Generally, there are several things that dictate how much server capacity you need to manage a network. The first thing is the number of devices in the network. Generally speaking, the more devices you have connected to your network, the more CPU, memory, I/O and storage capacity you'll need to manage it. The next thing that gauges how much NMS server capacity you need is how often you poll and log each device for its operational and performance information. The more often you poll a device and log its attributes, the more system resources you'll need to manage the network. All commercial NMS products allow you to tune how often you poll and log devices in your network. Most of these products have a default-polling interval of 60 seconds. The logging interval varies by product. I recommend throttling back on device polling as much as possible. For example, set the polling rate for your critical backbone devices to 1-minute and your second tier devices to 5-minute polling. Then set everything else at 15-minute or 30-minute polling. This way you reduce the amount of work the NMS has to do to manage your network. In a similar fashion, set the logging rate so that 1 out of every 10 polls gets logged to the historical database. Don't log every poll unless you absolutely have to.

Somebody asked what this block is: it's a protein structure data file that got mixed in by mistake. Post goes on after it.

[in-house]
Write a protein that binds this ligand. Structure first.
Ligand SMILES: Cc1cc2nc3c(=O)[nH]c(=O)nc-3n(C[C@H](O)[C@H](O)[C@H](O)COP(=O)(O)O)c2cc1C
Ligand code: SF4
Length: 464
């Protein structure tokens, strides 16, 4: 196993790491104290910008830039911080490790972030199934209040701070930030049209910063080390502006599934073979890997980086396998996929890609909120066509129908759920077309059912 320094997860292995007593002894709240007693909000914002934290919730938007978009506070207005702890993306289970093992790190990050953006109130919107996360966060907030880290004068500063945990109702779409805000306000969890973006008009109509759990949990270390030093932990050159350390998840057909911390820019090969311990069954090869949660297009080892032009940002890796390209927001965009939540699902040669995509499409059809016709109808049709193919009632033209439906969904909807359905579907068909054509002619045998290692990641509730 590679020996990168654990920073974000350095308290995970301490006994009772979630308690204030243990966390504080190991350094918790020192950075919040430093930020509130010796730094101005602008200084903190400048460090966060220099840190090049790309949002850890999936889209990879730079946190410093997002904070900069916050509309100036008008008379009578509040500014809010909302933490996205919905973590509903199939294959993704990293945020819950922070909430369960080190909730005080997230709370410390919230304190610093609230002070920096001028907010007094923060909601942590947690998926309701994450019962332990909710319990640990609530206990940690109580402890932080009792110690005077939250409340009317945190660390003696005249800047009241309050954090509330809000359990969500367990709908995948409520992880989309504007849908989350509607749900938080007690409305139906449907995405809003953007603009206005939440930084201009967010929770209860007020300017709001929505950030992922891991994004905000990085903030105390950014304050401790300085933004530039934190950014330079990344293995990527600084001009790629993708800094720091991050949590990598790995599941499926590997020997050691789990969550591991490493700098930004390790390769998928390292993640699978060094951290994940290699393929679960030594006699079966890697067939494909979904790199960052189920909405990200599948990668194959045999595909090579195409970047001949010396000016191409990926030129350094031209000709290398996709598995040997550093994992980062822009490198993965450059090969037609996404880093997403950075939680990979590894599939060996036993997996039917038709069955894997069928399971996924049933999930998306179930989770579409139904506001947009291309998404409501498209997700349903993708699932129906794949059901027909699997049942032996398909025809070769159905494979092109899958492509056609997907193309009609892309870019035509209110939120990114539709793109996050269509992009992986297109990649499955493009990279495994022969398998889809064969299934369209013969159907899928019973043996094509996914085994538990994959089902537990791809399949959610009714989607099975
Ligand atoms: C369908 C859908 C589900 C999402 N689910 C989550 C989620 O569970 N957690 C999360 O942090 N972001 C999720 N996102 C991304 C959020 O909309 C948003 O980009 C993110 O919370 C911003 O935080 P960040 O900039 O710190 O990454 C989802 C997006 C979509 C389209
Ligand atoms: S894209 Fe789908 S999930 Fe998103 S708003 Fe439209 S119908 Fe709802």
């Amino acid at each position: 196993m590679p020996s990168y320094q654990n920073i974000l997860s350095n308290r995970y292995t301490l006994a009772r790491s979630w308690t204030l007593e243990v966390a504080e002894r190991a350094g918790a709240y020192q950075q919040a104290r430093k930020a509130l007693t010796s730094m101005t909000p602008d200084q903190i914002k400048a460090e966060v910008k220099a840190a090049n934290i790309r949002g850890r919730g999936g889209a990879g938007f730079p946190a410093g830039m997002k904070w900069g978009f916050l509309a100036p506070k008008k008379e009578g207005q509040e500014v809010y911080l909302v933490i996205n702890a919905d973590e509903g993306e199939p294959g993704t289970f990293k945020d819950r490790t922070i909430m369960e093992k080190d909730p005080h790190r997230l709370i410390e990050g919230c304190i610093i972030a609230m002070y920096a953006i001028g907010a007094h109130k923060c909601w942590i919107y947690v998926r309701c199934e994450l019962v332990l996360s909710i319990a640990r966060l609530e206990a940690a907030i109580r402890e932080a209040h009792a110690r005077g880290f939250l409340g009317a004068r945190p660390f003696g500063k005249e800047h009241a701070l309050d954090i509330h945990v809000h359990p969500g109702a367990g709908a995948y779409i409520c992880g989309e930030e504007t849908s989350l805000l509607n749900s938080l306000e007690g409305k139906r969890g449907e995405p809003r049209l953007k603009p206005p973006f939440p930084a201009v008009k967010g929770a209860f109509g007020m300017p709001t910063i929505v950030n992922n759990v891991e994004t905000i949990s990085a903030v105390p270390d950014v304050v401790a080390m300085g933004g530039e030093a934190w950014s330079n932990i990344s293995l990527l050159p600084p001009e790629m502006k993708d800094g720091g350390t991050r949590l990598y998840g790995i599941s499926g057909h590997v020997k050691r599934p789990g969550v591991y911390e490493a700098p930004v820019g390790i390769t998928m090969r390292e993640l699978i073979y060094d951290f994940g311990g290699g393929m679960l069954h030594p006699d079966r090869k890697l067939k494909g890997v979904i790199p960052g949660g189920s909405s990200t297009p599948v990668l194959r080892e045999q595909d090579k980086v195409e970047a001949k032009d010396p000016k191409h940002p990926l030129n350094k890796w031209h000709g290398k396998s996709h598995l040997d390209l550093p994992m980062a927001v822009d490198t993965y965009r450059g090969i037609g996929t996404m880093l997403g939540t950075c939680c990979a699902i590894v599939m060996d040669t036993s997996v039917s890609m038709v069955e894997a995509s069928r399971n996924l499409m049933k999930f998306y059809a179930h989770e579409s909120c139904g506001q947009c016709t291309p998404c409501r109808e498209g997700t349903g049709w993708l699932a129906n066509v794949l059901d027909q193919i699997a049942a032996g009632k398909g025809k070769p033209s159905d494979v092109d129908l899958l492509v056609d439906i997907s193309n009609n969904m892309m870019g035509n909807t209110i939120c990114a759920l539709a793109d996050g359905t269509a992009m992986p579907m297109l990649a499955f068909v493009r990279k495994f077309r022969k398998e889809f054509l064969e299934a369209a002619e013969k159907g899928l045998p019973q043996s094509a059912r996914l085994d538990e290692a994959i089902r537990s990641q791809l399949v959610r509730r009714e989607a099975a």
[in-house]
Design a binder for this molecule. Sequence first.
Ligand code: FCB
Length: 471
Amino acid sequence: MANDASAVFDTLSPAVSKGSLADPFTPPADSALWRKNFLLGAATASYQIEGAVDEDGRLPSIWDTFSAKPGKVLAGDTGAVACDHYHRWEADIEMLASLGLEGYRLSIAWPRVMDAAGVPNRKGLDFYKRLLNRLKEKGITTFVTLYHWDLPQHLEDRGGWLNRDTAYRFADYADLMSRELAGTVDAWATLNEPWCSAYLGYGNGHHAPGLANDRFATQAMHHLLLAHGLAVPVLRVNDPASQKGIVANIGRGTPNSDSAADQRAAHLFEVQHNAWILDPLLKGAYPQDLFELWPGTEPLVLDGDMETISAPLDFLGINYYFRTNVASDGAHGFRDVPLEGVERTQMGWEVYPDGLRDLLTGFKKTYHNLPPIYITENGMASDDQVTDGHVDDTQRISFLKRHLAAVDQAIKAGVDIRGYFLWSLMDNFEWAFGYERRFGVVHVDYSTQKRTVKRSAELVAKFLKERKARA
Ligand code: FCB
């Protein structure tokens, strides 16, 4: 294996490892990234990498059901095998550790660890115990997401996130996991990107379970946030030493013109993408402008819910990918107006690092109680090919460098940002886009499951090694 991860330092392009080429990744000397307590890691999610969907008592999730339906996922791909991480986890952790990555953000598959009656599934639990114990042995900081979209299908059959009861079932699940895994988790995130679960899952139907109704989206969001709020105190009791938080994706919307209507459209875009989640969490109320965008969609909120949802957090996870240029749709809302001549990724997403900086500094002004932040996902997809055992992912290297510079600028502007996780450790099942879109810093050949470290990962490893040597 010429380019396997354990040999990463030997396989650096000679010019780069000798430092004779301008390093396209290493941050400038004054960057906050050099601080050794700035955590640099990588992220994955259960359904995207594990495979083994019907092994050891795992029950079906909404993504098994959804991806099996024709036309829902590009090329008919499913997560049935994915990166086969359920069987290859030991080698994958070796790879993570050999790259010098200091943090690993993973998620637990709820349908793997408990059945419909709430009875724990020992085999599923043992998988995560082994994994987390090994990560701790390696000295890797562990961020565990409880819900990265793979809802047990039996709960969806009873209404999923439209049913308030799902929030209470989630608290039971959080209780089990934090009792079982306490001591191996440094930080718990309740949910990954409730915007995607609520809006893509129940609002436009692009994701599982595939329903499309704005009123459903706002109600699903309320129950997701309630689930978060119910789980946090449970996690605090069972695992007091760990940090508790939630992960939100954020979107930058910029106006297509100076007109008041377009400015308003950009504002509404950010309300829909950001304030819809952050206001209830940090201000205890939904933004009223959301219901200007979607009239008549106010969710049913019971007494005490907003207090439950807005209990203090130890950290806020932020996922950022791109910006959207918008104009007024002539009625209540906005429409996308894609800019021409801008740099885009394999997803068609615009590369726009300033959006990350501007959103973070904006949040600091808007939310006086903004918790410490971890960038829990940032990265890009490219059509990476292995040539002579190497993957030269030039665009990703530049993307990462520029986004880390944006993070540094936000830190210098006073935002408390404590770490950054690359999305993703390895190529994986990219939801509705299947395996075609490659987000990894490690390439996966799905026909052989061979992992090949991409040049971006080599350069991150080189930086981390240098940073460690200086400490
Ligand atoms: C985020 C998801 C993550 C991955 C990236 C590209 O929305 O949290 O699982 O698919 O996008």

Have a question for an expert?
Please add a title for your question
Get answers from a TechTarget expert on whatever's puzzling you.